Earlier this month I was delighted to hear that a retailer friend found more than a case of 2001 Vega Scilia Valbuena 5° Ribera del Duero. Not because I'm going to stock up any time soon on a wine that runs around $150 per bottle. No, I just wanted a chance to taste it. And that chance came two Fridays ago when that retailer opened a bottle in his Friday night line up.
Vega Scilia is the winery that put Spain's Ribera del Duero on the map. The Rioja has long been king of Spanish vino tinto. But more and more, Ribera del Duero, led by Vega Scilia, is essentially Rioja's equal in reputation. Though I'm sure wine geeks could and would dispute that suggestion.
Nevertheless, Vega Scilia is legendary. Their top wine, Unico, is insanely prized and expensive, produced only in certain years when the winery feels the quality is high enough. Valbuena then is a "second wine," but second only in a sense. Valbuena itself is prized by collectors around the world and the quality of the wine speaks for itself. Tasting this 2001, I can't see how this isn't top quality. How does wine like this, of both name and quality, sit in a distributor's warehouse?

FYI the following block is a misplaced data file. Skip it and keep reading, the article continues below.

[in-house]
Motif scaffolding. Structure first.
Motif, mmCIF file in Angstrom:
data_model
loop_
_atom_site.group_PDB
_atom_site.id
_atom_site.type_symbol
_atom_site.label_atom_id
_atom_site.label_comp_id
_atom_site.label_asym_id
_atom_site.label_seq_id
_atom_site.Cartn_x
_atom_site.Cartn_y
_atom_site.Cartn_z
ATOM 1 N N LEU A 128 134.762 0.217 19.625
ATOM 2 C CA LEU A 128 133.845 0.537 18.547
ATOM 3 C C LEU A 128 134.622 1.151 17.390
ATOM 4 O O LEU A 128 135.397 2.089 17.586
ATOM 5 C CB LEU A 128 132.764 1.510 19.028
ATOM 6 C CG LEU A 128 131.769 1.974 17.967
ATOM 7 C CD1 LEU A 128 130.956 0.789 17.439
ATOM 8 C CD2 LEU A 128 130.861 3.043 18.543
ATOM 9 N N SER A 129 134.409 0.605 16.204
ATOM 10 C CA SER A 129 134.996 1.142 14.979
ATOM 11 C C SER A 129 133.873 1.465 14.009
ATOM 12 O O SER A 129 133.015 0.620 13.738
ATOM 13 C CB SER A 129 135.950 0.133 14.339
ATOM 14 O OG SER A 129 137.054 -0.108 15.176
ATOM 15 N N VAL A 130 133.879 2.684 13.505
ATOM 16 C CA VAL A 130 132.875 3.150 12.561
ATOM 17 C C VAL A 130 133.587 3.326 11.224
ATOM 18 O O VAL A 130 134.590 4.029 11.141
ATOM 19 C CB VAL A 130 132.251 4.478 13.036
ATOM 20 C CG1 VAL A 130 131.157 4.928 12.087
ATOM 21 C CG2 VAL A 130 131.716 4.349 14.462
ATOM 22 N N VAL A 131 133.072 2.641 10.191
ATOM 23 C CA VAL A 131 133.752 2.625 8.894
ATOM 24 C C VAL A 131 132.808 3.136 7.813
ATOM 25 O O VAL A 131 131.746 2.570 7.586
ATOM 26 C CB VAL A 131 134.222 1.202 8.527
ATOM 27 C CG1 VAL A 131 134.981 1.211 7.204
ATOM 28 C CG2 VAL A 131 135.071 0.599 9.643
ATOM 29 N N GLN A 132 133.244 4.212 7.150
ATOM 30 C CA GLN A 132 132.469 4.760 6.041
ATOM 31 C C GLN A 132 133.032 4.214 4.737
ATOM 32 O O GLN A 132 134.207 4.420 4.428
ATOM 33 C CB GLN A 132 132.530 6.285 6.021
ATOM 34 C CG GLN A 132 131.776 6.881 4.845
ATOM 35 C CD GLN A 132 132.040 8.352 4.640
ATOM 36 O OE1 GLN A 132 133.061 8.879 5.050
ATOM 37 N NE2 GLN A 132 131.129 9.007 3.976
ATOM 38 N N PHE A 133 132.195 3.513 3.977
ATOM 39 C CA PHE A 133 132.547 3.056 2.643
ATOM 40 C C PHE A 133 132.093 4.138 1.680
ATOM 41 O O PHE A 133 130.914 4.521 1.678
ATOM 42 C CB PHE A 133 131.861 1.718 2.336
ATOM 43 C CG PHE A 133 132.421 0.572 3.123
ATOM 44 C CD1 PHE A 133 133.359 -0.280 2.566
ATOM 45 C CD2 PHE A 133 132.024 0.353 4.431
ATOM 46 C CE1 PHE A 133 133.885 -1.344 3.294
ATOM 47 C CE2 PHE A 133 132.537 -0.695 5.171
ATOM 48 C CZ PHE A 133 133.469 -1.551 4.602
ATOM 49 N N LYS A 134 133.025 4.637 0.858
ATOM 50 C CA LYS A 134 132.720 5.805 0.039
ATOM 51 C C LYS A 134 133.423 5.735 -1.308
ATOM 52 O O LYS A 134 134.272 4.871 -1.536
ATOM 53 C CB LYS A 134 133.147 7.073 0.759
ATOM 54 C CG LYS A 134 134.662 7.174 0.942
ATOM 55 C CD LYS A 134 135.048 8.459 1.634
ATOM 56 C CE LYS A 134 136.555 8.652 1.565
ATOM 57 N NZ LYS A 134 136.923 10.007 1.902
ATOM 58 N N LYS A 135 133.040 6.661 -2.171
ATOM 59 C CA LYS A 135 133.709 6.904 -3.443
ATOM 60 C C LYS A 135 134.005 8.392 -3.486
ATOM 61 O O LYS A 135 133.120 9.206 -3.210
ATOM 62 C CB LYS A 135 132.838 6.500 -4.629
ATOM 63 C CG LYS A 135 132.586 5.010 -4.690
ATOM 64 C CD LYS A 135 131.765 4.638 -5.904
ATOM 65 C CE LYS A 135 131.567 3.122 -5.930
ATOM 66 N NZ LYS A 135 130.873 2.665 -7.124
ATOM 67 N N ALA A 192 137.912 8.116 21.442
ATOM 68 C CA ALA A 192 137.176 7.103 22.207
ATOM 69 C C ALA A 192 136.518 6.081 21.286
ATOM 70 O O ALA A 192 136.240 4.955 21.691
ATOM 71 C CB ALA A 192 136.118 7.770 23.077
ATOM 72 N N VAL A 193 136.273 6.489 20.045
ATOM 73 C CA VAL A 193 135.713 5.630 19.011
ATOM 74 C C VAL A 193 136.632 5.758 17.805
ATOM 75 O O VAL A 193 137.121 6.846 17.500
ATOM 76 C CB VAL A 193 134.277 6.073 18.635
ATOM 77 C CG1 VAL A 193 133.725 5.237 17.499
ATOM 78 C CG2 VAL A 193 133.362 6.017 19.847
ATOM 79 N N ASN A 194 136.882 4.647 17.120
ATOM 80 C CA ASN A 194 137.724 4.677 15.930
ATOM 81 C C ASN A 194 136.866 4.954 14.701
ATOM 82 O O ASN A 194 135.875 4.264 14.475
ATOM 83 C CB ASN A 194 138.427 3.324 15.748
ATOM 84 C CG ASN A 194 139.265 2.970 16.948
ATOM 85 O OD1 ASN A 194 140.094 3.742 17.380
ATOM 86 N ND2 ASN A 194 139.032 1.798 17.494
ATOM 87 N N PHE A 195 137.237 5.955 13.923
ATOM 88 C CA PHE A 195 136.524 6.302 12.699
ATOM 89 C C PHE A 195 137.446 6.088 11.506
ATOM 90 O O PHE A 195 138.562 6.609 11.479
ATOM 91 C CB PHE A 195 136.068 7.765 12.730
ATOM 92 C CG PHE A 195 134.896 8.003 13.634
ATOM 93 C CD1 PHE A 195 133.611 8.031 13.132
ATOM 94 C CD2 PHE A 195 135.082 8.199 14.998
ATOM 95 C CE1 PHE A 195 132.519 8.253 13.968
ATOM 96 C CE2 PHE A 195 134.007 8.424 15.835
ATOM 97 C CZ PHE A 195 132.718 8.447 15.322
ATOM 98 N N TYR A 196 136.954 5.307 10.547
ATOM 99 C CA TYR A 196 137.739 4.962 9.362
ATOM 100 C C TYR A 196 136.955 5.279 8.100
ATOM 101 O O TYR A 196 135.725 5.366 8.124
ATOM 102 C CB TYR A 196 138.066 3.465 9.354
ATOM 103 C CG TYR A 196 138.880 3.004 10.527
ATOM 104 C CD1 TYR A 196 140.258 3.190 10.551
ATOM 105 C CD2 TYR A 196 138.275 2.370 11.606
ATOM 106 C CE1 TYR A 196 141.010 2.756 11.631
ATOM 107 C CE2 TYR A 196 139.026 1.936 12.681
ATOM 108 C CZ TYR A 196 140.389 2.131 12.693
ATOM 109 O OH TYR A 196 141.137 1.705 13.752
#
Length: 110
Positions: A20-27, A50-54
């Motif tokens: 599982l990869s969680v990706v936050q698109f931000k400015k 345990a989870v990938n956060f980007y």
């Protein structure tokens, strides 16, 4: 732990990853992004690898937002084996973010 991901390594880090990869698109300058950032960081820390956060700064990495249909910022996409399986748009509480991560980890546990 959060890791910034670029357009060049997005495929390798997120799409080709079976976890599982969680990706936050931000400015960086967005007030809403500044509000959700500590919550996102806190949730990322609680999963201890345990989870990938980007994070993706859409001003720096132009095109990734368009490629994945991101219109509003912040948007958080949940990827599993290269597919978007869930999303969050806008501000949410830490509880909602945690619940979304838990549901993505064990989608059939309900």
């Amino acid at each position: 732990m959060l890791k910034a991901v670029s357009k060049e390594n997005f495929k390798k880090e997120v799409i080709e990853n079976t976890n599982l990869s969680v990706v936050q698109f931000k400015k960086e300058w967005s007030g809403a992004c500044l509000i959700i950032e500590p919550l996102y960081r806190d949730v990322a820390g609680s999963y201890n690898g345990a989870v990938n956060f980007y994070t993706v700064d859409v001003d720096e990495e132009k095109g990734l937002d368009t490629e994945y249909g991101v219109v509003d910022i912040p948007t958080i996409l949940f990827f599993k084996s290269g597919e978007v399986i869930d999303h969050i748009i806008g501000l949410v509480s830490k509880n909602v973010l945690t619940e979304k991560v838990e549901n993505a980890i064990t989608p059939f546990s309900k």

Second wines are usually softer, more accessible than main labels, which tend to be more ageworthy. This Valbuena was a deep crimson color with spicy dark fruit, high toned and aromatic with pencil shavings showing from the oak aging. In the mouth, the bright, almost cranberry fruit and fine tannins suggest a still young wine, tightly wound with good density and a darker fruited finish. All things that suggest to me lots of cellar potential.
Okay, this isn't mindblowing, not now anyway. And, really, the price is suited to those who see $150 like I see $15 or $20. Perhaps Portland isn't filled with those people. The wine, however, is top notch. Perfumed, structured, with incredible texture. It just needs time to show its stuff, like a cut flower that will beguile in the morning, making you forget whatever you paid for in, it money or stitches.